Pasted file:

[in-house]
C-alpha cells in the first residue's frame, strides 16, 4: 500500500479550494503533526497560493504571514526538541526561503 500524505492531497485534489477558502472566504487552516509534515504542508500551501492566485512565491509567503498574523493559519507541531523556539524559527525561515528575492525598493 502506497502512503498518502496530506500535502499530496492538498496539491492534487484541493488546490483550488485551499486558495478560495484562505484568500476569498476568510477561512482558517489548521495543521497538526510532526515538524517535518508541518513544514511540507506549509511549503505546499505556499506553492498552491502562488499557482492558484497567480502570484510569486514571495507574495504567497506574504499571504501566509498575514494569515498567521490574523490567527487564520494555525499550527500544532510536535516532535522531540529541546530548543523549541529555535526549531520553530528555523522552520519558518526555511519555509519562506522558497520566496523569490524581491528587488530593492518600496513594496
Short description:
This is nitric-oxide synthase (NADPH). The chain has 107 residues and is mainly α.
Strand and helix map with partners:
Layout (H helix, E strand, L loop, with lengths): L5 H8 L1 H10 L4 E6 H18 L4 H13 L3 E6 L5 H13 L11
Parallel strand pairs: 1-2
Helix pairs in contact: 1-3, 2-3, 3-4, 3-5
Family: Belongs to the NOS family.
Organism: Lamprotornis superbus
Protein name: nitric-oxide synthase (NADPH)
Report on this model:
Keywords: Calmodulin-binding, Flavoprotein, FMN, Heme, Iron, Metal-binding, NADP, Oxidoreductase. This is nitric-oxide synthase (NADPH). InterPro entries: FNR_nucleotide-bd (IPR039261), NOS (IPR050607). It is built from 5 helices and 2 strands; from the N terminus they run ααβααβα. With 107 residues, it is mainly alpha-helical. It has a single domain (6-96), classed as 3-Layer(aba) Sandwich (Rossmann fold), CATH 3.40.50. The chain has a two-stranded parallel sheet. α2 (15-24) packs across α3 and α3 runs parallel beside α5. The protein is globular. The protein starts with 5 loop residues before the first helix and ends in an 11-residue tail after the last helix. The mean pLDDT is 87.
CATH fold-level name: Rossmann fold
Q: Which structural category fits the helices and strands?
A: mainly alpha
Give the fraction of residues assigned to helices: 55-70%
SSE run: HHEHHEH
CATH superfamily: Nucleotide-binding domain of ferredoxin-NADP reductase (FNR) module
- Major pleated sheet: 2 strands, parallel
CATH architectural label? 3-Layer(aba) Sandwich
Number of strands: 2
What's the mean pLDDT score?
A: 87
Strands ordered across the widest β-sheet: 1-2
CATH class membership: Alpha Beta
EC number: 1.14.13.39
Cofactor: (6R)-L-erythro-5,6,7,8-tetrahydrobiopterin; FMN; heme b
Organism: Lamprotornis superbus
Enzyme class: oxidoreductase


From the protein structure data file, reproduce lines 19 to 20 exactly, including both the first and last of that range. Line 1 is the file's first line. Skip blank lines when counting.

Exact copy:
CATH superfamily: Nucleotide-binding domain of ferredoxin-NADP reductase (FNR) module
- Major pleated sheet: 2 strands, parallel